8 December 2005 Edition
PSNI raids - GAA grounded targeted
Casement Park raided
PSNI raids in West Belfast last week connected with last year's Northern Bank robbery caused anger in nationalist circles, especially as one of the premises targeted was Antrim GAA's Casement Park headquarters.
The raids, which come at a sensitive time for the GAA, have caused even more people to question the wisdom of the organisation's decision to lift Rule 21 and allow members of the British forces play Gaelic games.
The home of Aidan Digney, a member of the West Belfast Glasgow Celtic supporters' club, Eire go Bragh, was also raided.
Both raids were carried out on Friday 2 December just hours after the PSNI were granted a 60-hour extension to hold and question 24-year-old Chris Ward, the Northern Bank employee arrested last Tuesday 29 November.
And reacting to the latest raids Sinn Féin Assembly member Michael Ferguson accused the PSNI of returning to, "1970s style policing".
On Friday a large number of PSNI and up to 15 Land Rovers stormed into Casement Park on the Andersonstown Road in West Belfast at approximately 7am. They told staff that the raid was part of an ongoing investigation into "organised terrorist crime". The raiders took files and documents relating to wages and accounts including cheque books.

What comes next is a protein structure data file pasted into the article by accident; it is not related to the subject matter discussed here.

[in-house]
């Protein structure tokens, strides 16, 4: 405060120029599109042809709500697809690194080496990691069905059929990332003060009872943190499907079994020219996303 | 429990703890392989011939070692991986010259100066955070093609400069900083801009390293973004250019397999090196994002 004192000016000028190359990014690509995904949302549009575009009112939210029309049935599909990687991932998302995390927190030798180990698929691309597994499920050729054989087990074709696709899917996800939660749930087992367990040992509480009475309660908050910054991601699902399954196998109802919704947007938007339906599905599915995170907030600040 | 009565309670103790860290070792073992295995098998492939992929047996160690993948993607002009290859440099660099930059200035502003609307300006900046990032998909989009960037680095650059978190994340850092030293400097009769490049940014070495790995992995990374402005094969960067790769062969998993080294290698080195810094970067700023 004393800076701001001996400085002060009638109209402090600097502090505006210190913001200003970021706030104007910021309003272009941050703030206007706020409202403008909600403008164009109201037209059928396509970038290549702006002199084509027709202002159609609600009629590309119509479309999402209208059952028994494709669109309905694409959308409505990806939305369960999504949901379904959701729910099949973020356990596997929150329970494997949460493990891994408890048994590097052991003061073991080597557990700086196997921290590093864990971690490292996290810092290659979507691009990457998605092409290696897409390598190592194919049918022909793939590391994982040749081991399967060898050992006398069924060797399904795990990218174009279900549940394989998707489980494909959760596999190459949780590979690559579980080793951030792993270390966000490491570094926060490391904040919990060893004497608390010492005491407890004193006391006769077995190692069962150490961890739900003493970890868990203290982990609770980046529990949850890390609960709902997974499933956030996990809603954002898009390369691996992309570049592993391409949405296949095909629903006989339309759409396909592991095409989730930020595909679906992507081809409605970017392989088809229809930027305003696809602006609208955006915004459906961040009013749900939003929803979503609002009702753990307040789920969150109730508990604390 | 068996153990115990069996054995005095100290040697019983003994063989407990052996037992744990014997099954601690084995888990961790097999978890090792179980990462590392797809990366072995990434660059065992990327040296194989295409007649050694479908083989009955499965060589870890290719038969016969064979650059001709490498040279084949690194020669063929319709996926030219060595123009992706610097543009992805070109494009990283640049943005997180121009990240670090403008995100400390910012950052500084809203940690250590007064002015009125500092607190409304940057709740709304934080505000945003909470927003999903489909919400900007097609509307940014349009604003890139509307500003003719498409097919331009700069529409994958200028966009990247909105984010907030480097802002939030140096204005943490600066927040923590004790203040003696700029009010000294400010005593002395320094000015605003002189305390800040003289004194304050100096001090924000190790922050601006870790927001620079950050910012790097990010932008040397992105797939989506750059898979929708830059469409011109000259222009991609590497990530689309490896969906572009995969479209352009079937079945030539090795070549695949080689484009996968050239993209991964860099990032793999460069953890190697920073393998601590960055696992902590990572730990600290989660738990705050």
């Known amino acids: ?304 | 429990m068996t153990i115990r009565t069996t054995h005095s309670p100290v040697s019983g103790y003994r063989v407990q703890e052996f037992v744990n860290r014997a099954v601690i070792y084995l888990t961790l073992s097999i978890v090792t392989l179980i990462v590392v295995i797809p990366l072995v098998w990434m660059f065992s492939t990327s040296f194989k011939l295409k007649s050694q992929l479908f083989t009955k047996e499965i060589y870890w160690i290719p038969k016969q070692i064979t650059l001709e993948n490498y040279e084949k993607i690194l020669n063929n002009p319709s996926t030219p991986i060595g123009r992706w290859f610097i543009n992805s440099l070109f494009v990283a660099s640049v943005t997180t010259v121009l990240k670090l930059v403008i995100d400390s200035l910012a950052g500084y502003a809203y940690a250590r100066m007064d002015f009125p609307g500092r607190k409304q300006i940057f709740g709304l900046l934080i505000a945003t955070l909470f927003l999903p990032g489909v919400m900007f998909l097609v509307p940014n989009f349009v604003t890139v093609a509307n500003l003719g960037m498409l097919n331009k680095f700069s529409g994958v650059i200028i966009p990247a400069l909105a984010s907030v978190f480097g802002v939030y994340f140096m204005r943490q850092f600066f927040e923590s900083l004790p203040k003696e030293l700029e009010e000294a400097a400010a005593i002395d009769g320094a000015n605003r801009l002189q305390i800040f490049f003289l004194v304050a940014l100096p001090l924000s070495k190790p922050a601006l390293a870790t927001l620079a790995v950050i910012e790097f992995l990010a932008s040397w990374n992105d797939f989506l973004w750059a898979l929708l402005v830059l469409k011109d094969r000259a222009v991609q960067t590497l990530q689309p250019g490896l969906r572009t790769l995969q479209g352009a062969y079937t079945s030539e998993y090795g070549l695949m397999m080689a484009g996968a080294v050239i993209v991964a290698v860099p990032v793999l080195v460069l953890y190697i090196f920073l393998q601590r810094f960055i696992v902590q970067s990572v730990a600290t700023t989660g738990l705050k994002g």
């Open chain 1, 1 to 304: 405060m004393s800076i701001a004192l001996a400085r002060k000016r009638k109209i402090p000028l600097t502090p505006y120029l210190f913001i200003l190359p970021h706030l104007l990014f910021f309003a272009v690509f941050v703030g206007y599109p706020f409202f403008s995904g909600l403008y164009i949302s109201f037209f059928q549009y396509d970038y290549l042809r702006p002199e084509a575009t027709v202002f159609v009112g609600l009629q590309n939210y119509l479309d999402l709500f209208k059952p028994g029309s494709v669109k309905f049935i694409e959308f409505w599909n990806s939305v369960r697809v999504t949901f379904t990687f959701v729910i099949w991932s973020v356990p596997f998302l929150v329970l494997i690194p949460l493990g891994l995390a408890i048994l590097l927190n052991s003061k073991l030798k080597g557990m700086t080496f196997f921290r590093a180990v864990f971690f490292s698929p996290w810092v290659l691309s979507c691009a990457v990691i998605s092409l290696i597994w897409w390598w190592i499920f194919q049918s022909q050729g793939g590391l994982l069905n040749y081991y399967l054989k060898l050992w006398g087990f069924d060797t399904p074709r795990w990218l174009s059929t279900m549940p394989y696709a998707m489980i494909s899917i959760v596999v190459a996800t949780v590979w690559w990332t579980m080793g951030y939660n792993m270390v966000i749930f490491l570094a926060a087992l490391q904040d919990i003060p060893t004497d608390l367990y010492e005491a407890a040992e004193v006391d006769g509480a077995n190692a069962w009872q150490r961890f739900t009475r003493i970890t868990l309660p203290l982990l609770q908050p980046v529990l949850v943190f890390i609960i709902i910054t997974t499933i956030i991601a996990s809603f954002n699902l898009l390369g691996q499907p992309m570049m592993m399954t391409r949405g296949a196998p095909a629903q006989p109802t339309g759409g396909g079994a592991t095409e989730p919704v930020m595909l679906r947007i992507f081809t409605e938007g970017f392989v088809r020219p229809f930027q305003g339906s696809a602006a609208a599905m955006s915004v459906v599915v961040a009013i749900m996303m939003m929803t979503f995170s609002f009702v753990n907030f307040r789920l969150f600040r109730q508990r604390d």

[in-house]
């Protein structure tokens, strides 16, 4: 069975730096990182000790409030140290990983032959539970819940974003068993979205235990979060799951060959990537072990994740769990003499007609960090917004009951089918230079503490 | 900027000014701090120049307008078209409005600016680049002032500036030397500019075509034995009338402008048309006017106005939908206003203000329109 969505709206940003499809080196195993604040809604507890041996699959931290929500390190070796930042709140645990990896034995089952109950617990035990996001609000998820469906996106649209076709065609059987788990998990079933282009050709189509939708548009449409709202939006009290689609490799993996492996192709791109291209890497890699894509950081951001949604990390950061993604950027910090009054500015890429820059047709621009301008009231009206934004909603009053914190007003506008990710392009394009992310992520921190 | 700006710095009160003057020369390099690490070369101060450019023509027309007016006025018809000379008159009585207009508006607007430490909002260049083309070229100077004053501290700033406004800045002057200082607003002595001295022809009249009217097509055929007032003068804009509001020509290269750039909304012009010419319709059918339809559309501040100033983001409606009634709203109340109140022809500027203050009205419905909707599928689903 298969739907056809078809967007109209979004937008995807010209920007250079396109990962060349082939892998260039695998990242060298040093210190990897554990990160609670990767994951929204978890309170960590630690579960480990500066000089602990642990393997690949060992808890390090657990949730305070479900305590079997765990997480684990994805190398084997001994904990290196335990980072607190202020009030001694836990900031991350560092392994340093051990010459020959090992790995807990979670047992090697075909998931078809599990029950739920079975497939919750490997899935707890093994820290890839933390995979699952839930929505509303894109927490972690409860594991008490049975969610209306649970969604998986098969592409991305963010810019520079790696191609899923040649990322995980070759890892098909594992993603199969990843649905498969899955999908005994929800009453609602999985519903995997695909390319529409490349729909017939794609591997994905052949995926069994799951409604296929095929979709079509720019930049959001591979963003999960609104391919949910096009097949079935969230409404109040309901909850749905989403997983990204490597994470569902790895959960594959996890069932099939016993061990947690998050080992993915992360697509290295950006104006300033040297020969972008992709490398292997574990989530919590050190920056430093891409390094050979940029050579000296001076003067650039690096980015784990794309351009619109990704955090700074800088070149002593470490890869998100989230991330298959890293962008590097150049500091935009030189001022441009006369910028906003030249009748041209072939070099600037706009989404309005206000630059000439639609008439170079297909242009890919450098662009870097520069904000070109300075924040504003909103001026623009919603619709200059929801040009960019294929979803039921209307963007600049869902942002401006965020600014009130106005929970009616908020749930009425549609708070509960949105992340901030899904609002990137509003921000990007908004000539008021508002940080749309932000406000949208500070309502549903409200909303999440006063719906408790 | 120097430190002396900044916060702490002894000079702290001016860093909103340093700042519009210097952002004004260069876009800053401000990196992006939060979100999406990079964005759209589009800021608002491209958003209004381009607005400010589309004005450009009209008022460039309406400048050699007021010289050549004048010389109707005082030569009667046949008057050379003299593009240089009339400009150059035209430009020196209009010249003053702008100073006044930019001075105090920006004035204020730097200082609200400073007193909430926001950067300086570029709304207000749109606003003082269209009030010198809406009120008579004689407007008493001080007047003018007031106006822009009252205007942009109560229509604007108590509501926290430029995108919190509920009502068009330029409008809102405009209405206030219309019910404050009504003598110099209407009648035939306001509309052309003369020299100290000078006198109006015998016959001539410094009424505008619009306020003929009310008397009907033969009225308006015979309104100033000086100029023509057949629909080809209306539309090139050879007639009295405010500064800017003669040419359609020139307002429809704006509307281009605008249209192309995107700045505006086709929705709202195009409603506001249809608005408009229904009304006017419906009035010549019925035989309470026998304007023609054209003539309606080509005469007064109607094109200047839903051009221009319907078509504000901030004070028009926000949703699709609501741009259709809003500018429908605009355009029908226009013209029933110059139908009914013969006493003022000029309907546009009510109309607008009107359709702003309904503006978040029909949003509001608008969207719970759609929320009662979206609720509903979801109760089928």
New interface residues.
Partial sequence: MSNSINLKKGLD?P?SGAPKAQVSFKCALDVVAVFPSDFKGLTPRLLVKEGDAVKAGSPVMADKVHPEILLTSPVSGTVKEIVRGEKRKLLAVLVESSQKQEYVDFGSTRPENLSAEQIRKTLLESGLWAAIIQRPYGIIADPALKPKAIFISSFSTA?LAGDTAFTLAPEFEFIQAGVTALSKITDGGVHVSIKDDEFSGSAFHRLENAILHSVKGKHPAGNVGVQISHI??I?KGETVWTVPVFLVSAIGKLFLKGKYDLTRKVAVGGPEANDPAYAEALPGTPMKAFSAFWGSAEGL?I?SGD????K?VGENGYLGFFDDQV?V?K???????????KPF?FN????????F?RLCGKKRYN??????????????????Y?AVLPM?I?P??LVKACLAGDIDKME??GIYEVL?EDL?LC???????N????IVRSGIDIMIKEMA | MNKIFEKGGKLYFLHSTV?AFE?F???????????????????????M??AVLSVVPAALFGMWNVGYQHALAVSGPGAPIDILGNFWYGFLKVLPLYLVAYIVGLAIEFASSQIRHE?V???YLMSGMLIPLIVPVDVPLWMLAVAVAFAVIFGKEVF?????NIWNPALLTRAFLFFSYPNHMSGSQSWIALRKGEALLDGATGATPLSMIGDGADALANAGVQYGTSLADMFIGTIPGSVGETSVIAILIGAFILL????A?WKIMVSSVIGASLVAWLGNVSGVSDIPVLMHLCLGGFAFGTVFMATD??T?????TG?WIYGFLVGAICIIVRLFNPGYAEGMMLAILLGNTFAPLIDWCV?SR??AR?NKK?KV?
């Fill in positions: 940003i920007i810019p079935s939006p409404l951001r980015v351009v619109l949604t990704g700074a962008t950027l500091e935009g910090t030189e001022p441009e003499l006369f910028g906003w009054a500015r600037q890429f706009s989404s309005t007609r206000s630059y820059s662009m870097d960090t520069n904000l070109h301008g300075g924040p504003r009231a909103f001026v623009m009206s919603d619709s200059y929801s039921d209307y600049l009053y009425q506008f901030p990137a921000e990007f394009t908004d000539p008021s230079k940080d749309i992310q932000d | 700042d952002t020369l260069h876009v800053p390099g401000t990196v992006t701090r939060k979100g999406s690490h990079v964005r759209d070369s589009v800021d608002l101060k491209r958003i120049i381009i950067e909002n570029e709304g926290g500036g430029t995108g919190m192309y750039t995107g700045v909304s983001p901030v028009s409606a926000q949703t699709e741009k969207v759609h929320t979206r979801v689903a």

Confirming that Chris Ward worked part time in Casement Park Social Club, Gerry McClory, Vice Chair of the County Antrim Board, said there was something something sinister about the approach.
"It was complete overkill. It was an attempt to discredit our members. We have nothing to hide and have assisted the PSNI with their inquiries. Do you think we have £26 million hidden in the changing rooms?"
President of the GAA, Séan Kelly said: "We know what the PSNI are doing. Even if it is coincidental, we are not happy. It is too much. GAA supporters across the country aren't going to be influenced by such actions by the PSNI."
The GAA have said they will be reporting the matter at the "highest level to the Dublin Government".
'70s style policing
Meanwhile, a man whose home was raided by the PSNI on Friday 2 December in connection with the 2004 Christmas bank robbery has described the raid as "nonsensical".
Aidan Digney who is a member of Eire go Bragh CSC, the same club as Chris Ward, was speaking after six PSNI vehicles arrived to search his West Belfast home.
"They told me they were there in relation to the robbery and asked whether I had any money or walkie talkies in the house that they should know about."
Digney said he, his wife and children were put in the kitchen of his Poleglass home while the PSNI carried out searches.
West Belfast Assembly member Michael Ferguson said the PSNI raid was reminiscent of the interrogations of the 1970s.
"This is symptomatic of the Castlereagh interrogations that took place in the depths of the conflict. These raids are designed to put immoral pressure on Chris Ward and criminalise this young man who has always maintained his innocence."